Pakistani-Canadian terror suspect Tahawwur Hussain Rana, charged for his involvement in the Mumbai attacks, will not change his ‘not guilty plea’ and will go ahead for a trial, the process for which will start only after September, his lawyer said on Monday.

Rana, wearing the orange prison jumpsuit, appeared before US Judge Harry Leinenweber in U.S. District court here where federal prosecutors set out dates till September to produce and handle classified information and evidence in the case.

Speaking to reporters after the 20 minute hearing, Rana’s attorney Patrick Blegen said his client is not changing his plea like co—accused David Coleman Headley did.

“We are heading for a trial... we are hoping for a trial sooner rather than later,” Mr. Blegen said.

LeT operative Headley pleaded guilty on March 18 to all 12 counts against him, including scouting for targets for the 26/11 Mumbai attacks.

Mr. Blegen said Headley’s guilty plea did not come as a surprise since he had been “cooperating with the investigation“.

“We knew and I think everybody in the press already knew as well that he was planning on pleading guilty.

“He allowed the Department of Justice to indicate that he was cooperating so it is not surprising at all.

“As to how it will affect the (Rana) case, I have to see the evidence first,” he said adding that he feels he still has a strong case.

Rana’s trial process is expected to start only after September, till when federal prosecutors would work on what evidence, gathered against him, can be used at trial.

Blegen said the trial would “obviously not start till after September” but hoped that it would not take 1—2 years for the trial to begin.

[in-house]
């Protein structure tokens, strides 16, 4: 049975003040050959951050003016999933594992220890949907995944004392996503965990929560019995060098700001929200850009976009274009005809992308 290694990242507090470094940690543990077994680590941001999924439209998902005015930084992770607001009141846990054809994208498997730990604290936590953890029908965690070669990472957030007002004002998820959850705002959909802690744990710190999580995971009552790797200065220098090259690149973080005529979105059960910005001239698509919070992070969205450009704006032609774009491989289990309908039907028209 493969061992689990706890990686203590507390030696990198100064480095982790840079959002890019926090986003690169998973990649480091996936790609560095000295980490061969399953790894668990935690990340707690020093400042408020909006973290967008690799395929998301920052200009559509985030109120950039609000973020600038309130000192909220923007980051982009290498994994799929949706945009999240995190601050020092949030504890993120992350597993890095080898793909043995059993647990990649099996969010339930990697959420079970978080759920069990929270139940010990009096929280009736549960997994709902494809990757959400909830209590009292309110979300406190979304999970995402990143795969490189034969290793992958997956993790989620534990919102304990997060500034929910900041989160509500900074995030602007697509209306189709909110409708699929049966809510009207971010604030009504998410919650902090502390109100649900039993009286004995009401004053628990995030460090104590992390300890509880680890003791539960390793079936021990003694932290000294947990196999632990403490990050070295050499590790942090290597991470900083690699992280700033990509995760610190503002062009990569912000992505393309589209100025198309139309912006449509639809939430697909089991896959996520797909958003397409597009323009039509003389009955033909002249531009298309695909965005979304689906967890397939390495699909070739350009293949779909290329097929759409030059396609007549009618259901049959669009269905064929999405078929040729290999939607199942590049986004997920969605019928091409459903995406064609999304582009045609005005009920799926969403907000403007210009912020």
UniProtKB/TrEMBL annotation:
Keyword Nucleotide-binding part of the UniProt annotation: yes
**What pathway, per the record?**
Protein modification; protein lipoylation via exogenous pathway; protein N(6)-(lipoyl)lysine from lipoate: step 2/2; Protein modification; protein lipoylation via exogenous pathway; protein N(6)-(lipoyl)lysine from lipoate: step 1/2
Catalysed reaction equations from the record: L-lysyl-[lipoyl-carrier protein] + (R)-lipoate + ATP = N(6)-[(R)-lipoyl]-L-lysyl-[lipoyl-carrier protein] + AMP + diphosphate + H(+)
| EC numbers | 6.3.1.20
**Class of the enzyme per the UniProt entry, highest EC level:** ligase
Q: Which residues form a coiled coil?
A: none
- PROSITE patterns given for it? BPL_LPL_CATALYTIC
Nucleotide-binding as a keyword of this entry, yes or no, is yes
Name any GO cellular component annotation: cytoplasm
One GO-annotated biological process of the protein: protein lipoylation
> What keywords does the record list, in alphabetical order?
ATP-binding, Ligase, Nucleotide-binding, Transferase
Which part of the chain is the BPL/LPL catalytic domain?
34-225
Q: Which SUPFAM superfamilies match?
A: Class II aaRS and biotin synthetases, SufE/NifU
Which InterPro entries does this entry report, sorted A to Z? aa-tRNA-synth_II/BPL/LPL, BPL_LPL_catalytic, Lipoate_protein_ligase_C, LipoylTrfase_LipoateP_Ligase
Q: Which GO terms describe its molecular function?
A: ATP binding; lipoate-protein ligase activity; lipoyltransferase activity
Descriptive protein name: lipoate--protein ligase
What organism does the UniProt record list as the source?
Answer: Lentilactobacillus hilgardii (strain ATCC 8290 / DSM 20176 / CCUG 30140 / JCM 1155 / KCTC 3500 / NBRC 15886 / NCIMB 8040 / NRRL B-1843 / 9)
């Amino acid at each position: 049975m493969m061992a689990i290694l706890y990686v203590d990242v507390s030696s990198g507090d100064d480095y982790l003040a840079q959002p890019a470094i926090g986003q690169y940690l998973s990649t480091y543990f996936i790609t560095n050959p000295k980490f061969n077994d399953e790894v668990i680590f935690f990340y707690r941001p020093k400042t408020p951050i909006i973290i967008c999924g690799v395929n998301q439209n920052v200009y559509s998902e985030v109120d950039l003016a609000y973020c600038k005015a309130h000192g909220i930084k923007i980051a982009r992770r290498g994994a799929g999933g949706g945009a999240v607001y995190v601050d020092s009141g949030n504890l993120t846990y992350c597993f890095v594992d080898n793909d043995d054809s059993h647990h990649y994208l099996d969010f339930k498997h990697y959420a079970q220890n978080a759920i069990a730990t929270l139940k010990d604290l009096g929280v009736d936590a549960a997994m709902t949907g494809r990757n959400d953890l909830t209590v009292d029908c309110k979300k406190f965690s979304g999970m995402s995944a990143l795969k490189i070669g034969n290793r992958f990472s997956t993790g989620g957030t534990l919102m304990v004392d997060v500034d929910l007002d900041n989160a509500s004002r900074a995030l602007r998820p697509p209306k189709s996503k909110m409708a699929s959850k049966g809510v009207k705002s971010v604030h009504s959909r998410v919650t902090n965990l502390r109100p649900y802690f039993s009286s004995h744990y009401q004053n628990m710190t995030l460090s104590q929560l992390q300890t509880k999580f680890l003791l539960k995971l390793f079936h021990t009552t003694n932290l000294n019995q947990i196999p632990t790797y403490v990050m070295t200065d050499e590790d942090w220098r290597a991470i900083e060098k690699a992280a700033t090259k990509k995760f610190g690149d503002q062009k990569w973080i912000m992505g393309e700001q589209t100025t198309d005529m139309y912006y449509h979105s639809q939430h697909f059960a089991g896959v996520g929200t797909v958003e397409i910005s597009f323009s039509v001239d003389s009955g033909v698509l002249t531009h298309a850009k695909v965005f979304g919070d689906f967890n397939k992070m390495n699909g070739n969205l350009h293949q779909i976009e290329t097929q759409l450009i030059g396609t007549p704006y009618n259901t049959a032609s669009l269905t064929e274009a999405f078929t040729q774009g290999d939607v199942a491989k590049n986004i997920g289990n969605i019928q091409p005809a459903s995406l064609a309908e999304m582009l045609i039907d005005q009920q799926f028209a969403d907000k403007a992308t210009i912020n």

On whether Indian authorities, who have been pressing to interrogate Headley, would be given access to Rana, Blegen said, “I will wait to hear who exactly wanted to talk to whom and what the conditions are. If they ask, I’ll think about it“.

Chicago’s top federal prosecutor Patrick Fitzgerald, who was present at the hearing, told the court he hopes to declassify evidence gathered in the terror investigation in the next few months.

Mr. Fitzgerald said declassifying the material would help the government avoid extensive use of the Classified Information Procedures Act (CIPA) — which is essentially a procedural tool for a court to address the relevance of classified evidence before it may be introduced for trial.

“A substantial amount of discovery is classified material we’re seeking to declassify,” said Fitzgerald, whose presence during the hearings demonstrates the high importance the government is attaching to the case.

Mr. Blegen and prosecutors agreed on a six—month schedule — April 5, June 1, July 1, August 2, September 13 — for carrying out provisions of the CIPA, which allows prosecutors to take extraordinary measures to prevent classified information from leaking to the public.

This is done mainly to protect the source of the information and safeguard information that may be important for national security.

Leinenweber set a date of September 13 for a hearing to determine what classified information can be admitted as evidence at trial. A status hearing for motions not related to classified materials was set for May 11.

Mr. Blegen added that this case “does not work like a usual case because there are a lot of different things you have to go through when there is classified information“.

He said he would be able to view the classified documents in a special room that has been chosen in the courthouse for the purpose once he is given his security clearance.

“If there is something in the documents that we think is necessary for part of the defence we can attempt to get it declassified. If the government does not agree to this, then the court would decide whether the information should be declassified,” he said.

Mr. Blegen said he would be able to comment on whether the CIPA process could cause problem for the defence “only until I see the classified information“.

“The charges that are brought out against Rana are the ones that are in the indictment. The classified information may relate to completely different people or may be transiently related to the case,” he said.